“Cellfina is very new to the UK and there has been very little publicity, but news is reaching women from America and we’re already treating around one patient every week,” says Dr Parikh. “We see this as the future of cellulite treatments – because it works.”
Using a tiny scalpel that pierces the skin, Cellfina destroys some of the fibrous bands that create those unsightly lumps – but not all of them. The challenge is to cut enough bands to make a visible different but not so many that your layers of subcutaneous tissue lose their structural integrity. It’s a one-off procedure that takes up to an hour and is designed to give permanent results, though follow-up data has only been available for three years post-procedure, as the treatment is so new.
A typical treatment involves the ‘release’ of 20 to 50 fibrous bands covering the backside and thighs. It describes itself as ‘painless and minimally invasive’, however it is a medical procedure involving an operating table and a medical team in scrubs and the recovery, as I discovered, takes time.
Anaesthetic, scalpel, suction… what Cellfina feels like
First, Mr Parikh assessed my ass to see if I was a good candidate. “This treatment works best on women who are not overweight and have moderate cellulite with no skin laxity,” he explains. Skin laxity (i.e. sagging caused by age or major weight loss) appears as wavy lines on the flesh and is often mistaken for cellulite. An over-abundance of cellulite would require the destruction of so many fibrous bands, the skin’s integrity would suffer. Turns out, I qualified.
At a second appointment, I was marked up with a sharpie – a circle drawn around each dimple, amounting to 35 circles on my bum and the back of my thighs. I was then injected at each dimple site with local anaesthetic. Most people find the numbing injections the most uncomfortable part of the procedure but I didn’t notice these at all.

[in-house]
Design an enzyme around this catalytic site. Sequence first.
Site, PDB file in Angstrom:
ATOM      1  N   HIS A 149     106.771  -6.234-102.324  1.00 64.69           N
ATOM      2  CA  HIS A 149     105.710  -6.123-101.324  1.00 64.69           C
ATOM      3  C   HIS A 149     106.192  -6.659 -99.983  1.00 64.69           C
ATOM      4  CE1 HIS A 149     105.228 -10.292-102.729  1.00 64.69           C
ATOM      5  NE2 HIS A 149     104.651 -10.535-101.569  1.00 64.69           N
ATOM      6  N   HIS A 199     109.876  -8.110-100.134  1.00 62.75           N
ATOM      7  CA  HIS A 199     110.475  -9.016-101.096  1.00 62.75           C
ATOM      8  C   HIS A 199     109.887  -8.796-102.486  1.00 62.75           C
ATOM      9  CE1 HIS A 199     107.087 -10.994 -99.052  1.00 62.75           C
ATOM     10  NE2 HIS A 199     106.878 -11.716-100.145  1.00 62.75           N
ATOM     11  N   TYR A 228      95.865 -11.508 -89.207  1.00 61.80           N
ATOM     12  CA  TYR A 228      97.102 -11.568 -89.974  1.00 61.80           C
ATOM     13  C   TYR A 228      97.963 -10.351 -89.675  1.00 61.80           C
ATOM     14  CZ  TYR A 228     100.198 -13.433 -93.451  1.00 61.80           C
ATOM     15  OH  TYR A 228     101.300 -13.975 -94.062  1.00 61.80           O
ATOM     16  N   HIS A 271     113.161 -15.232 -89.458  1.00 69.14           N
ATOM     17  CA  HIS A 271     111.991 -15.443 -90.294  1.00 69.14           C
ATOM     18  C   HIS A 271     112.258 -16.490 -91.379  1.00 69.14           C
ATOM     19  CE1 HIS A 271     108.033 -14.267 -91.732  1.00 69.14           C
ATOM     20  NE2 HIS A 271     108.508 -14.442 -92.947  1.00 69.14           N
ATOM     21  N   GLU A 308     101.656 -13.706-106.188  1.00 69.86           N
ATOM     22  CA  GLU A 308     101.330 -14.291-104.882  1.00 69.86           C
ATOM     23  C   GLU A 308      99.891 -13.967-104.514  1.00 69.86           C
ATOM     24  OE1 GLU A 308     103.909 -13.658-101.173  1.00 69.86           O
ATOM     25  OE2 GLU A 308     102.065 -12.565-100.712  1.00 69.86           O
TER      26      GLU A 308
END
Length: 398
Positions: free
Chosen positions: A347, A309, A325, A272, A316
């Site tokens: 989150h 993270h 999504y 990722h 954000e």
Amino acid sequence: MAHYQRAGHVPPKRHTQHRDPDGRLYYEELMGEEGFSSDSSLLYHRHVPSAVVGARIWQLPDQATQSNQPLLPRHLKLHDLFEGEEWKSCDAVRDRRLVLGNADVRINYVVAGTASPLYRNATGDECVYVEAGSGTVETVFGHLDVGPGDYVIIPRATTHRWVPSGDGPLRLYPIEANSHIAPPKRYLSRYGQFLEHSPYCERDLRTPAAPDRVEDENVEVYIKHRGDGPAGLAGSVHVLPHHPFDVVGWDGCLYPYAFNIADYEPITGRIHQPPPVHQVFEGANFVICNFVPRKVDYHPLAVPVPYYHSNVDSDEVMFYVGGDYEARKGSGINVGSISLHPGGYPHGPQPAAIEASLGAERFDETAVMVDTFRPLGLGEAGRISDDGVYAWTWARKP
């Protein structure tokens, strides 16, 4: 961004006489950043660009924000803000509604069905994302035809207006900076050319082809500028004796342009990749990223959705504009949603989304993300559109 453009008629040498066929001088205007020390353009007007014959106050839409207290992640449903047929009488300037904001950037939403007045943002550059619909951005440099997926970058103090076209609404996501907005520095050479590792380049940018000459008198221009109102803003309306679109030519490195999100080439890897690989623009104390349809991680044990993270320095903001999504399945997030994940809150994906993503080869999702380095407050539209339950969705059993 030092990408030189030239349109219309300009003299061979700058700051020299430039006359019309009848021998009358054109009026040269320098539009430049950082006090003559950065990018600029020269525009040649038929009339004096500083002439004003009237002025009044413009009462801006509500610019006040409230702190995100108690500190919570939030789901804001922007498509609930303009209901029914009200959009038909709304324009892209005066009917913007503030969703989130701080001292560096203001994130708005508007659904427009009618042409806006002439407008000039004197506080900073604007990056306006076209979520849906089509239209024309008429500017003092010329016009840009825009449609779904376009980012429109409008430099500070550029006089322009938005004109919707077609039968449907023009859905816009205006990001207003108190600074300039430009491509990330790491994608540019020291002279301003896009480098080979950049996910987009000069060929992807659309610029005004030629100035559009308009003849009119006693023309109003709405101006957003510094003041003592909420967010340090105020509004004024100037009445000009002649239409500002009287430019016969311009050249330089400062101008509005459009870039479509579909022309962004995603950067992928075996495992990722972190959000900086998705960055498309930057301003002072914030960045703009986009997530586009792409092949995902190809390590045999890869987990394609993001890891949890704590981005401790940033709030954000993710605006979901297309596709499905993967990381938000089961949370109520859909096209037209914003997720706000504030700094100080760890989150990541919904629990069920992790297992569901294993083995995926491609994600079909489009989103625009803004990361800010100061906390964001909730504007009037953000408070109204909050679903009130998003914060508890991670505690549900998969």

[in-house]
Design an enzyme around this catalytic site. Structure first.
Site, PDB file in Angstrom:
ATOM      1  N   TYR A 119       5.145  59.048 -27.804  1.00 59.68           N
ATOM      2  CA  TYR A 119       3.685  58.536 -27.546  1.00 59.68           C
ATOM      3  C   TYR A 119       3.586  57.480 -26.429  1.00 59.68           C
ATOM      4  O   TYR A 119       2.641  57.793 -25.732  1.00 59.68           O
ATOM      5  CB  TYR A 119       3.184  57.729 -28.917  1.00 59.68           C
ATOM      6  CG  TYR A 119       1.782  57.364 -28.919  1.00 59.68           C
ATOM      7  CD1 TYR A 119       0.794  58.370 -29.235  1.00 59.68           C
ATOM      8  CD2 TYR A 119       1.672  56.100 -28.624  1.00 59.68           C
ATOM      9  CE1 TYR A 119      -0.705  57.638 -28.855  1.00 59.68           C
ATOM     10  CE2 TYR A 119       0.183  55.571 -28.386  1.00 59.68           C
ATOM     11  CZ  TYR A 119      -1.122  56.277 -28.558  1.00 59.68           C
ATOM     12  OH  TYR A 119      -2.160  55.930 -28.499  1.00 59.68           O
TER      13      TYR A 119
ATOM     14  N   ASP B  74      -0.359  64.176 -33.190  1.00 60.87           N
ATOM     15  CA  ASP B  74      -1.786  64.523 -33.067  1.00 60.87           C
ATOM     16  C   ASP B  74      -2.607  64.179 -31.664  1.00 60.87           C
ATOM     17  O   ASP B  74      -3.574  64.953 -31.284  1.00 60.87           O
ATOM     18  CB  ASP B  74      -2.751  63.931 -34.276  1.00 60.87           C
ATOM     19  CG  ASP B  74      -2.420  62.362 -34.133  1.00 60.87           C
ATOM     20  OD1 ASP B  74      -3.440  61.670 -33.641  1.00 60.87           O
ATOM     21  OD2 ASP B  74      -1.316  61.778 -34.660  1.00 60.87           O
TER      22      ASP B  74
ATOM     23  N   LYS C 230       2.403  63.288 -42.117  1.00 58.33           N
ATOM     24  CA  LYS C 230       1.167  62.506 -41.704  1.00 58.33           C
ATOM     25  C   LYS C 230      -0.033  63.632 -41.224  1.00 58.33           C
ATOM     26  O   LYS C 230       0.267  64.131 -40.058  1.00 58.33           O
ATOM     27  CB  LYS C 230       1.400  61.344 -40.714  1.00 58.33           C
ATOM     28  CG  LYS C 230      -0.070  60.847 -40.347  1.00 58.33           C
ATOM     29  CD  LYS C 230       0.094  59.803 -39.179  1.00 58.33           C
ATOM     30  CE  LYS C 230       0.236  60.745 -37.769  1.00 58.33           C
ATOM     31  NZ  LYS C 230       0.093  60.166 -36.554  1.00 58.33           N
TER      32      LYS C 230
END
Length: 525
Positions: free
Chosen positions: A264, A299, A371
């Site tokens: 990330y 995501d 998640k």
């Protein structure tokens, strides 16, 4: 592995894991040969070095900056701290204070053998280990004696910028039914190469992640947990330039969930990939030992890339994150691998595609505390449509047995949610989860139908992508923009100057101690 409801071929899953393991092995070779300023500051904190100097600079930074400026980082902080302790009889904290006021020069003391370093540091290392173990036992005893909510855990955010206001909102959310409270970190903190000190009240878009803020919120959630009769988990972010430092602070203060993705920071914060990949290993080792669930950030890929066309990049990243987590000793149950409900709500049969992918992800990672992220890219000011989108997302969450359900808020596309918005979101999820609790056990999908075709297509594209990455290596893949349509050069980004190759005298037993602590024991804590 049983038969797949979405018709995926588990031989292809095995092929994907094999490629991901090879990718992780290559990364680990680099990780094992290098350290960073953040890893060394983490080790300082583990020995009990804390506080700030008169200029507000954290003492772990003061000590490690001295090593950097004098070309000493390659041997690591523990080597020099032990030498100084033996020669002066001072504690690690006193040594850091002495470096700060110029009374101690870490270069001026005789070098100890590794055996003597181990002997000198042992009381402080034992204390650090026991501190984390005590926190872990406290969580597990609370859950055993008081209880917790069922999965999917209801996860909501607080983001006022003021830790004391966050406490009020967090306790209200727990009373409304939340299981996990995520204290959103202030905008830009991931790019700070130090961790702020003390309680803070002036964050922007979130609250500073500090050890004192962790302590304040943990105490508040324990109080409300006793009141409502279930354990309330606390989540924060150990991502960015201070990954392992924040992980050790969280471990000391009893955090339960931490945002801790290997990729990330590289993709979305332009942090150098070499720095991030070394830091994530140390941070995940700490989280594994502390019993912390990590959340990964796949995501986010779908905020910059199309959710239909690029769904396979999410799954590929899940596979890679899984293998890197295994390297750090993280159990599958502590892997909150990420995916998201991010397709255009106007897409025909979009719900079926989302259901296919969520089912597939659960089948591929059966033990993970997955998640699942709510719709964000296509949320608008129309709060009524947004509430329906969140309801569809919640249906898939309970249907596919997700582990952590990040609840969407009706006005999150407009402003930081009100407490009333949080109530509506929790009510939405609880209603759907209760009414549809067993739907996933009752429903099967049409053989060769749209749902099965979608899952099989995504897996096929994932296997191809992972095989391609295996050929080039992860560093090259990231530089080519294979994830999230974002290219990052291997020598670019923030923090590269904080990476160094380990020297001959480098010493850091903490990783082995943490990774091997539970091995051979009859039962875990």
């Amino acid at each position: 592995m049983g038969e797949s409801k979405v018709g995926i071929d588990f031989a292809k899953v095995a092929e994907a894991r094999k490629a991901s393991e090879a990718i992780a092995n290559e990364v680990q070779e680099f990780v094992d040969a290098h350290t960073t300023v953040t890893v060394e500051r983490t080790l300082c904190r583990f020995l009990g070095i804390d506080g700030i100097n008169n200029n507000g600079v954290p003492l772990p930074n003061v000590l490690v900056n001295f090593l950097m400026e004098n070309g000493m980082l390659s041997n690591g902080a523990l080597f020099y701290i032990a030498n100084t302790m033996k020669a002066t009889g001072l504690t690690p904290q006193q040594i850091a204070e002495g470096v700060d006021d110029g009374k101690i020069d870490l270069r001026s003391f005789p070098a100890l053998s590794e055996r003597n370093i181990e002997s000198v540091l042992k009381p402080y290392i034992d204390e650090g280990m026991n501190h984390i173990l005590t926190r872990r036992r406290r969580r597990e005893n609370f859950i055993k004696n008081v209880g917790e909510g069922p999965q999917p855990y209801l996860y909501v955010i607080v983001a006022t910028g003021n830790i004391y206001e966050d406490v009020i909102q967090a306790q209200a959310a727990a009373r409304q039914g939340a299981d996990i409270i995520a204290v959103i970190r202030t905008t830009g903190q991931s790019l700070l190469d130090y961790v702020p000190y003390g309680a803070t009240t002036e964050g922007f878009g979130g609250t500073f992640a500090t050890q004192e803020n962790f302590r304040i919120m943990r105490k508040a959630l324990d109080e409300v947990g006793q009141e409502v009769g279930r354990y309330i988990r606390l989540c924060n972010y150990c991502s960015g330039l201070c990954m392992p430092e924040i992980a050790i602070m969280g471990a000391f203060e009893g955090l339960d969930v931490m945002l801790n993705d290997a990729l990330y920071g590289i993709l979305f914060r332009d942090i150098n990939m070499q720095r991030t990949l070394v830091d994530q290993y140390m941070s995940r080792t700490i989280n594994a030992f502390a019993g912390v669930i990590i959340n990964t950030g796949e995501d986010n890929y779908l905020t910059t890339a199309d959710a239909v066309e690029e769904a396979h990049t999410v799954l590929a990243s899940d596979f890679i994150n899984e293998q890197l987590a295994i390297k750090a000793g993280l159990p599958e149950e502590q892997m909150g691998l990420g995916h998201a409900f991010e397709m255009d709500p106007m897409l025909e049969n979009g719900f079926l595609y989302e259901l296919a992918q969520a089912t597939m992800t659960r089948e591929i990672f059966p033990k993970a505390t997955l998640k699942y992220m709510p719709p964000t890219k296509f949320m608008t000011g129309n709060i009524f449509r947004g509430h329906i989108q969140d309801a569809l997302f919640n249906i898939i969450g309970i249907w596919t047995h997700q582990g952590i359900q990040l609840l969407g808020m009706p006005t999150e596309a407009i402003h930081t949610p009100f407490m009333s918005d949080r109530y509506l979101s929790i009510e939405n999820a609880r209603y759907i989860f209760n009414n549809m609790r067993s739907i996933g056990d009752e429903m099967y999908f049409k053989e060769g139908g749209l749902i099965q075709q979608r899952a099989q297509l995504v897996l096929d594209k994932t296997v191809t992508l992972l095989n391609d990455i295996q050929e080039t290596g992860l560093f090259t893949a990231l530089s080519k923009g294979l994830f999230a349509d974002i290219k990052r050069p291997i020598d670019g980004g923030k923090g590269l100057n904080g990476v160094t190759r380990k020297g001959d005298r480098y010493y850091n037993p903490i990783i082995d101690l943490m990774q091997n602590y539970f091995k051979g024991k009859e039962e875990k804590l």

Dr Parikh then set to work with the Cellfina. A vacuum chamber was centred over the first lump and my skin was suction-cupped into the chamber, creating a taut dome of flesh. A micro-scalpel (more of a needle) was then inserted into the centre of the dome (the needle goes in to between six and 10mm) and through rapid oscillations of the blade, the fibrous bands were cut, releasing the overlying skin.
Mercifully, there’s no sensation when the scalpel does its work. What did make me wince (and occasionally whimper) was the strong action of the vacuum cup, but apparently I’m alone here – no one else seems to mind having their flesh vacuumed.
It took 45 minutes to treat all my dimples. Once done, I was covered in gauze and squeezed into compression pants to be worn for two weeks and designed to contain bruising and swelling. The bruising and swelling, I was told, would appear over the next few days.
I made the foolish mistake of going about my day as though nothing had happened – I pounded the streets, met with a friend, ate out. My legs were so inflated by the time I got home, I could barely bend at the knees. Note to self: next time you set out to traumatise your legs, don’t wear skinny jeans.
The recovery – black and blue for weeks